Sing The Sorrow

Secret Songs: AFI-The Spoken Word & This Time Imperfect

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NEW TOPIC!!! This one will showcase all the hidden songs at the end of albums. You know the ones you had to wait 10-20 minutes for after the last song ended.

A.F.I.’s 2003 album Sing The Sorrow was quite a success. The album saw the band shift their sound even more from their once hardcore/horror punk roots. The end result though, despite many of the bands early fans not accepting the change, was an album that is pretty damn good. The album also featured two hidden tracks at the end. ¬†After a brief silence at the end of “…Bit Home Is Nowhere”, piano music begins to play as guitarist Jade Puget’s younger brother Gibson speaks the first third of the poem. After the poem is concluded, the hidden track “This Time Imperfect” fades in, featuring a guitar playing backwards and extensive sampling. “This Time Imperfect” is a really cool song that contains a lot of the elements heard on Sing The Sorrow.

A.F.I.- The Spoken Word/This Time Imperfect:

 

Album Rank: A.F.I.

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I was going through my CD collection the other day and realized how many albums A.F.I. had. So naturally, I went on a listening binge of the ones I’ve always dug. Thus we are now at the point where I have made a ranking of all their albums (I’m not including EP’s or live albums) from worst to best. Let me know what your order would be.

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Unsung Masterpieces: AFI- Sing The Sorrow

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AFI is a band that has gone through a lot of changes stylistically throughout their career. They started out as a punk band with hardcore roots, then shifted more to the Horror punk side of things. As time went on and the band evolved they found a balance of their roots of punk and added a more goth element to their music. So in 2003, AFI released their most ambitious album up till that point, Sing The Sorrow. Their die hard fans were caught off guard by the departure of their original sound, while at the same time finding a new audience. Sing the Sorrow was produced by Butch Vig and Jerry Finn, allowing the album to be more experimental.¬†Lyrically, the album is darker and more poetic than their previous material. I for one, when I first heard the album wasn’t really in to it at all. It just wasn’t the AFI I was a fan of. Fast forward a few years and I revisited the album and really grew to love it. There is something truly intriguing about it. The depth of the songwriting really took things to another level for the band with the use of synths, strings and the all around lyrical content. Songs like “The Leaving Song Pts. I & II,” “Bleed Black,” “Death Of Seasons,” “But Home Is Nowhere,” really show the maturity of the guys in the band. There are some songs that are a little more radio friendly like “Girls Not Grey,” “Silver and Cold,” and “Dancing Through Sunday,” but that doesn’t change the fact that the songs are really good.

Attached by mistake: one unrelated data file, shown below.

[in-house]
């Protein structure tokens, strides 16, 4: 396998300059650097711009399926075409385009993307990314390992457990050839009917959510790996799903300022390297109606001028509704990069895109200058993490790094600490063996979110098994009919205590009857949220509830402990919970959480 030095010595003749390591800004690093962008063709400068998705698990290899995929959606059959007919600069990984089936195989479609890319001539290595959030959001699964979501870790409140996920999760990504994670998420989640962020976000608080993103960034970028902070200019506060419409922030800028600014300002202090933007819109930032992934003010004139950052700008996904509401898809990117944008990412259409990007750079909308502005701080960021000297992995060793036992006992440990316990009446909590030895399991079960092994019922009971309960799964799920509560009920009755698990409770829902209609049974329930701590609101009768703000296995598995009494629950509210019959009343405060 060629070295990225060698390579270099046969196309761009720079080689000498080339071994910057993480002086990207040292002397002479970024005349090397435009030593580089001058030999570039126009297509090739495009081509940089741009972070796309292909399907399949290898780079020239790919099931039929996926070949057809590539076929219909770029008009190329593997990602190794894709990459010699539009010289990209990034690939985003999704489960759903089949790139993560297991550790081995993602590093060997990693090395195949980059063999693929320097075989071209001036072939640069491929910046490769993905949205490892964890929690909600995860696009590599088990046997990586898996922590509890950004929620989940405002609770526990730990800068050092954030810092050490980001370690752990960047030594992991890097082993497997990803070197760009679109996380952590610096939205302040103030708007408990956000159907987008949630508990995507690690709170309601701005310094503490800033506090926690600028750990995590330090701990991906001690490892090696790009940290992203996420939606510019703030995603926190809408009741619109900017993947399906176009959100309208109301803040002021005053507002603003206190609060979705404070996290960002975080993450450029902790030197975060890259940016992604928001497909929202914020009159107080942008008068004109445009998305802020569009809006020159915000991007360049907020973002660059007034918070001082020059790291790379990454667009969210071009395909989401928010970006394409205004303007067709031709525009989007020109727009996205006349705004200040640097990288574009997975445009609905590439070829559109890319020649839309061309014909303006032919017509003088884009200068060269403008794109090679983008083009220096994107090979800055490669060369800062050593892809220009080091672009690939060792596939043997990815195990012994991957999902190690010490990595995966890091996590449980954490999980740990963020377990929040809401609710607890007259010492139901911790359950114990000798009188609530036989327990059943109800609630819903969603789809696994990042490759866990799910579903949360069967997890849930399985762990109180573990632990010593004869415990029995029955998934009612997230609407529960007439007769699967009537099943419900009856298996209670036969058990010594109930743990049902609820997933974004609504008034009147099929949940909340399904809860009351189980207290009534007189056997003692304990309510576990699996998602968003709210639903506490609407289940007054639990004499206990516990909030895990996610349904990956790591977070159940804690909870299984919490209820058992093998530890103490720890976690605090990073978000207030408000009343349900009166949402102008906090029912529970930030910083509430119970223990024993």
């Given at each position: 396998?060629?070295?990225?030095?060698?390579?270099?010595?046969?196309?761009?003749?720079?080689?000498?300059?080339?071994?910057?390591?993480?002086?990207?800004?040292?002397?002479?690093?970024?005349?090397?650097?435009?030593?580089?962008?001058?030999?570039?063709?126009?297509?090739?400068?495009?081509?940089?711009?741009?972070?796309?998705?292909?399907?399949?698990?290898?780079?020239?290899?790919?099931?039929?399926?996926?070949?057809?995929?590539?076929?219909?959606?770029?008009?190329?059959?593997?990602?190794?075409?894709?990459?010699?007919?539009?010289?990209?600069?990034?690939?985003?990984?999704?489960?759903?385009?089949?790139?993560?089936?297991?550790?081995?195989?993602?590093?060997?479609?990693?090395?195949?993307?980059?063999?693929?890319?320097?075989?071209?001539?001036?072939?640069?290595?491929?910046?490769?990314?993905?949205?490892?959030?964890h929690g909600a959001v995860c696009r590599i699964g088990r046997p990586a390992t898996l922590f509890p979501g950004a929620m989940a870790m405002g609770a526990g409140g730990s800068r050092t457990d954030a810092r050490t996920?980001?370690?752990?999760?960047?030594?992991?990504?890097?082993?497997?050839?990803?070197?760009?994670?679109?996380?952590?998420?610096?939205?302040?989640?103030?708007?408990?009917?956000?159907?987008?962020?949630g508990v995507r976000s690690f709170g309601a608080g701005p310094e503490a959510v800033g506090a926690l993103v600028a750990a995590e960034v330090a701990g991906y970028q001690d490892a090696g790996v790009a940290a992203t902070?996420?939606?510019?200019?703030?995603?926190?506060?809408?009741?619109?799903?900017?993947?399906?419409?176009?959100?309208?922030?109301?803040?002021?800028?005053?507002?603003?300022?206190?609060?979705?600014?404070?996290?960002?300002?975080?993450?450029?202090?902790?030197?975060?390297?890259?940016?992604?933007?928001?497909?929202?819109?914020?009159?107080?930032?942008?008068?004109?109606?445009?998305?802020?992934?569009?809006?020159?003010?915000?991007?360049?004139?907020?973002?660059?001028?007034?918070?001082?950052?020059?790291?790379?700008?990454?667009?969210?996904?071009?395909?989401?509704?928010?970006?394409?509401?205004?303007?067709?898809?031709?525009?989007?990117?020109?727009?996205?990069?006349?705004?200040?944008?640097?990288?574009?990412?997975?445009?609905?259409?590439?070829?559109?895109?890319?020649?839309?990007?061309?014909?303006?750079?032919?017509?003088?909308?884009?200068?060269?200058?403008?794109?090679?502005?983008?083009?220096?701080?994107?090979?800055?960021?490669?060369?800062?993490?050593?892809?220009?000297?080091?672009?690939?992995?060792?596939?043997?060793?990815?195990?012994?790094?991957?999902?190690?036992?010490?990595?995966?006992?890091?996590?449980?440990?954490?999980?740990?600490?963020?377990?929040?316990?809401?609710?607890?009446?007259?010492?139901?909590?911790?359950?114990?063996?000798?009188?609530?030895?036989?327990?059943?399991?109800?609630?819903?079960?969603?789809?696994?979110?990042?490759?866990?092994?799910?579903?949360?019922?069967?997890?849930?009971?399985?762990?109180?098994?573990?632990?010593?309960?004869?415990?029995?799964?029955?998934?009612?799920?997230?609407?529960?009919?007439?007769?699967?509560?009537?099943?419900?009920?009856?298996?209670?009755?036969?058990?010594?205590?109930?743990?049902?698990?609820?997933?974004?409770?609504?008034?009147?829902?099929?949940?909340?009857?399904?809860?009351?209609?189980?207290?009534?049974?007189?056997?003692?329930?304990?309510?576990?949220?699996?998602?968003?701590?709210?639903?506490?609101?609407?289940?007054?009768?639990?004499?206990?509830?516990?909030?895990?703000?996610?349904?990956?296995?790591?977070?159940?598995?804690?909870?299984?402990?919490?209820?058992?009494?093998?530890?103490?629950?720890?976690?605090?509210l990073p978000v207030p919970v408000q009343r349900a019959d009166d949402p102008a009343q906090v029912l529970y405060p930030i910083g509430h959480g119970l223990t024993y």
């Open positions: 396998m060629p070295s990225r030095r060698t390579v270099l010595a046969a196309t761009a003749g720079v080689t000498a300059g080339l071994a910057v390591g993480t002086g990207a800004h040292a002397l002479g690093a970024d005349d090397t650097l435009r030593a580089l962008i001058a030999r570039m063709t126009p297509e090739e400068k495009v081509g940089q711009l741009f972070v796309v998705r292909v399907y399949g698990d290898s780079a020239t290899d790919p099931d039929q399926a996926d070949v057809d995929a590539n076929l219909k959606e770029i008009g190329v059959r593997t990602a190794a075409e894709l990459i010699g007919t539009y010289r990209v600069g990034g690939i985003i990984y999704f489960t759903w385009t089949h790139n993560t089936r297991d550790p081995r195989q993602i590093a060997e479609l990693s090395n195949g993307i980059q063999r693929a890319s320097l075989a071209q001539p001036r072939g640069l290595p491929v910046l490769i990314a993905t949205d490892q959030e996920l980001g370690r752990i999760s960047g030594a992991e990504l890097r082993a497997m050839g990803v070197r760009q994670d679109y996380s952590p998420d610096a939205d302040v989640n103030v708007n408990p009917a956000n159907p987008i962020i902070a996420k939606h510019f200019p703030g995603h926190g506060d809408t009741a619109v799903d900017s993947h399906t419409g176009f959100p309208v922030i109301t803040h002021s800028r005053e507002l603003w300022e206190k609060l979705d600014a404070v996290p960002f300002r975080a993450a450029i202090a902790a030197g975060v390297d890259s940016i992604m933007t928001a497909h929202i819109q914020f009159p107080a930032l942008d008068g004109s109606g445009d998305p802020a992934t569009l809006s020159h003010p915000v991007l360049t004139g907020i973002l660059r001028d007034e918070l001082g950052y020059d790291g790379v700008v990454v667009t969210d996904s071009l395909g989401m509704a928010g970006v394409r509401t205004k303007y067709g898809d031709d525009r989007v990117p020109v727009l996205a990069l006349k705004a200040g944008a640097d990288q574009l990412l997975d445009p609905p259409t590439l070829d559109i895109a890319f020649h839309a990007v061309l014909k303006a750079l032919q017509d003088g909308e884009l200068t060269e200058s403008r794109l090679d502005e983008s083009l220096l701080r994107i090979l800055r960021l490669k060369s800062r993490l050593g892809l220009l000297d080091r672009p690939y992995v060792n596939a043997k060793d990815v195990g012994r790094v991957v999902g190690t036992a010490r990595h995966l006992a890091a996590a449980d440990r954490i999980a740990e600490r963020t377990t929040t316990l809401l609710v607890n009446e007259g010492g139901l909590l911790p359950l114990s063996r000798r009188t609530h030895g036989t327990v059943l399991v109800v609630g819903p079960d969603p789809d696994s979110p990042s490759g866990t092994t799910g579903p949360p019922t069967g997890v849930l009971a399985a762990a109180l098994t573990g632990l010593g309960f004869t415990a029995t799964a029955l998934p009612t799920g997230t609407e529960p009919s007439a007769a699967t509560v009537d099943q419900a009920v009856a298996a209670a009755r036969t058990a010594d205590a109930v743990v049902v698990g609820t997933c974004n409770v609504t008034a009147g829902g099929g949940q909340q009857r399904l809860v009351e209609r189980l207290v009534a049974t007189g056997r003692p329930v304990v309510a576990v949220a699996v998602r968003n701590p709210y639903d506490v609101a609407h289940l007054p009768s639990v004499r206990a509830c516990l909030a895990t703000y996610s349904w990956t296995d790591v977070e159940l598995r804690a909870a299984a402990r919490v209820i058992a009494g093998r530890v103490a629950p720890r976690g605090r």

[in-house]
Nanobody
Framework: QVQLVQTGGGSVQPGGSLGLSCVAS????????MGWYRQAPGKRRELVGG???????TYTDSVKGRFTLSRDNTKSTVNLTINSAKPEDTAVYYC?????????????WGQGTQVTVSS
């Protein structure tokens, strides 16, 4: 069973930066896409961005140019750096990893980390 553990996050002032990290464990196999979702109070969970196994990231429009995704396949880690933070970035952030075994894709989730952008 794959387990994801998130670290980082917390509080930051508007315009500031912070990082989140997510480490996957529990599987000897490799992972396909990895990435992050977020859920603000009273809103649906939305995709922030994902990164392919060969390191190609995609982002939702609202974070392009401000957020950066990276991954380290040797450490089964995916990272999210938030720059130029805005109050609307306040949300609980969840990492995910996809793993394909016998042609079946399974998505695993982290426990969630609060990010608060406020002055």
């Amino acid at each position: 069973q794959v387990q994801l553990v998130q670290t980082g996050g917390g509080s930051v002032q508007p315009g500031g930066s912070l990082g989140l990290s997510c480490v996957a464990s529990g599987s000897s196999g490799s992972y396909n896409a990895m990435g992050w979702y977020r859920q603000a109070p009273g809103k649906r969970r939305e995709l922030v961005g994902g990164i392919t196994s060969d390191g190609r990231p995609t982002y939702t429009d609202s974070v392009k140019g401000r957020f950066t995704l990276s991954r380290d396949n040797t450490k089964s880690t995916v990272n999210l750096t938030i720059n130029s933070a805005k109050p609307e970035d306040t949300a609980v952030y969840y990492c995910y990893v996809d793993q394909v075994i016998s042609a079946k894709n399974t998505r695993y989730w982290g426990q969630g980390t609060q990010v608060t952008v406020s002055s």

This is one of those albums that with time you really come to love. There is something about Sing The Sorrow that really hits home. Sure the production on it is a little too slick and AFI has completely changed from what they once were, but the growth on this album is truly astounding. Give it another shot if you gave up on them.

AFI- Sing The Sorrow:

By: Brian Lacy

2 For Tuesday: A.F.I.

In late 2013 A.F.I. released their album Burials which continues their evolution into the the more goth-pop side of things. Granted they will never be what they once were, Burials takes the best parts of Sing The Sorrow and mixes it with The Art Of Drowning style riffs. Their new album has stuck with me since I bought it and is far better than their previous 2 releases. Check out 2 tracks on this 2 For Tuesday!

The Embrace:

The Face Beneath The Waves: